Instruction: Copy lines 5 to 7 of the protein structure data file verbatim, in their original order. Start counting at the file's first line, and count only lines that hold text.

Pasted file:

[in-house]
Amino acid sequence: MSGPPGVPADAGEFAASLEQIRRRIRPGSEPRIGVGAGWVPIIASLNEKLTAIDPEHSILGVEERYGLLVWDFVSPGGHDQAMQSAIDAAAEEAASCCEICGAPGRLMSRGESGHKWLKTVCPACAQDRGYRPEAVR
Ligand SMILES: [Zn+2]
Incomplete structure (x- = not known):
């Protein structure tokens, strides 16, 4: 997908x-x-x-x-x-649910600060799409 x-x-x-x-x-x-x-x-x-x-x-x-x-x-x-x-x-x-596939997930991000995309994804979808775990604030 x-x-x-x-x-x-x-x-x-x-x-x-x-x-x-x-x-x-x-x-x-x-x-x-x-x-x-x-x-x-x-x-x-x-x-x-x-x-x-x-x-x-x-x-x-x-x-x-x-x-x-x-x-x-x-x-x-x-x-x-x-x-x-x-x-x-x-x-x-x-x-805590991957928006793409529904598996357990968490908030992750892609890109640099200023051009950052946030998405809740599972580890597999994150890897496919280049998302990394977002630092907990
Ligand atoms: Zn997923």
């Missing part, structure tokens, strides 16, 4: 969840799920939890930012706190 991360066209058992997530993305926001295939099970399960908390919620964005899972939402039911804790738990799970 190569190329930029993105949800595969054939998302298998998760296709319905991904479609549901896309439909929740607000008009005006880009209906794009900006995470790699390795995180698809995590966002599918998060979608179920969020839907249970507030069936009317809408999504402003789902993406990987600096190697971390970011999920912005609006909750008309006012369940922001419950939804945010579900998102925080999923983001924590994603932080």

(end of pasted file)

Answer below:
């Protein structure tokens, strides 16, 4: 997908x-x-x-x-x-649910600060799409 x-x-x-x-x-x-x-x-x-x-x-x-x-x-x-x-x-x-596939997930991000995309994804979808775990604030 x-x-x-x-x-x-x-x-x-x-x-x-x-x-x-x-x-x-x-x-x-x-x-x-x-x-x-x-x-x-x-x-x-x-x-x-x-x-x-x-x-x-x-x-x-x-x-x-x-x-x-x-x-x-x-x-x-x-x-x-x-x-x-x-x-x-x-x-x-x-x-805590991957928006793409529904598996357990968490908030992750892609890109640099200023051009950052946030998405809740599972580890597999994150890897496919280049998302990394977002630092907990
Ligand atoms: Zn997923």
């Missing part, structure tokens, strides 16, 4: 969840799920939890930012706190 991360066209058992997530993305926001295939099970399960908390919620964005899972939402039911804790738990799970 190569190329930029993105949800595969054939998302298998998760296709319905991904479609549901896309439909929740607000008009005006880009209906794009900006995470790699390795995180698809995590966002599918998060979608179920969020839907249970507030069936009317809408999504402003789902993406990987600096190697971390970011999920912005609006909750008309006012369940922001419950939804945010579900998102925080999923983001924590994603932080």